In advance of the invasion of Iraq 20 years ago, the UK media parroted government lies and fabrications uncritically and became an enthusiastic part of the state’s propaganda machine. An inquiry into British reporting of the Iraq war is well past due.
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Twenty years ago, Tony Blair provided the British public with false information about Saddam Hussein’s possession of weapons of mass destruction in order to make the case for the illegal invasion of Iraq.
Sir Tony has never gone on trial. He has suffered no personal consequences. Nor have his spy chiefs and advisers. He was recently awarded the Order of the Garter, the highest honour in British public life.
Not one of the British journalists who published Sir Tony’s lies and falsehoods about Saddam Hussein’s weapons of mass destruction has suffered professionally. Many have gone on to greater things.
Meanwhile, those who revealed the illegality and barbarism of the war have suffered. Julian Assange, who revealed so many of the war crimes committed by US forces, now languishes in jail.
In the United States, there have been agonised inquests into the misreporting of Iraq. Not so in Britain, where much of the press and broadcasting media became an enthusiastic part of the state propaganda machine.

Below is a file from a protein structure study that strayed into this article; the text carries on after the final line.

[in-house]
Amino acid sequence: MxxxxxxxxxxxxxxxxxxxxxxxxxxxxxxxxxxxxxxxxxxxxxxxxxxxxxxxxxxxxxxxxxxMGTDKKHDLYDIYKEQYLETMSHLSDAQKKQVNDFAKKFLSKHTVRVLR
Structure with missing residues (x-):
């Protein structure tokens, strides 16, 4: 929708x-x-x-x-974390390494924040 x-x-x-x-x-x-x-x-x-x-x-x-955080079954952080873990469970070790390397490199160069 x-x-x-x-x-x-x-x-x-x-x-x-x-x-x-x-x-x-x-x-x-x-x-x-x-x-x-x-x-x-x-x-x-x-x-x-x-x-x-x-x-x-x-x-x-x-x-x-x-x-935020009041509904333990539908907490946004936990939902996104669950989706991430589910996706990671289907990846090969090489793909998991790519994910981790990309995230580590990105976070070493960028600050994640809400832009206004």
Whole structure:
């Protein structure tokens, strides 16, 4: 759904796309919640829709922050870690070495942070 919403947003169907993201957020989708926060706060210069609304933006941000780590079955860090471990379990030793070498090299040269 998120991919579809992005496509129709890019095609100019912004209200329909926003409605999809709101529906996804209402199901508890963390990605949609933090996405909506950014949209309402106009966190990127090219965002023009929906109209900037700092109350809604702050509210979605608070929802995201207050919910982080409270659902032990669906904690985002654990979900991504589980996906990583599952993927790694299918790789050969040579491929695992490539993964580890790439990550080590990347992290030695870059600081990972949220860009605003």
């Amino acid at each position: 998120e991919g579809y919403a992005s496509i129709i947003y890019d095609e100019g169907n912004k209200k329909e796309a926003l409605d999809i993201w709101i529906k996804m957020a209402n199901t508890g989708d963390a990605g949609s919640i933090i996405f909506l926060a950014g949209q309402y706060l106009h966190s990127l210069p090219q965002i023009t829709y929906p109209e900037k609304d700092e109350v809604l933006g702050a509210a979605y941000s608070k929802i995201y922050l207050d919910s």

Britain’s most senior and respected journalists passed on government lies uncritically, very often adding fresh fabrications of their own.
The Guardian swallowed the Blair government’s false claim that Saddam Hussein’s agents were scouring Africa for uranium to buy a nuclear bomb – and went much further.
The Sunday Telegraph pumped out oceans of state propaganda, floating sensational but insubstantial reports which inflamed the mood of public alarm on the eve of war.
The Sun splashed ‘Brits 45 minutes from doom’ – nonsense.
Meanwhile, critics of the war were marginalised or smeared. Scott Ritter, the United Nations weapons inspector repeatedly questioned British and United States claims about Saddam’s weapons of mass destruction. His well-informed interventions, amply justified as it turned out, were downplayed, while attack stories were boosted.
The late Sir John Chilcot did a scrupulous (if too long delayed) job in holding British politicians to account for the conduct of the Iraq invasion. No similar examination has been carried out of British journalists, though independent organisations, above all Media Lens, forensically exposed the complicity of corporate media with the state machine right from the start.
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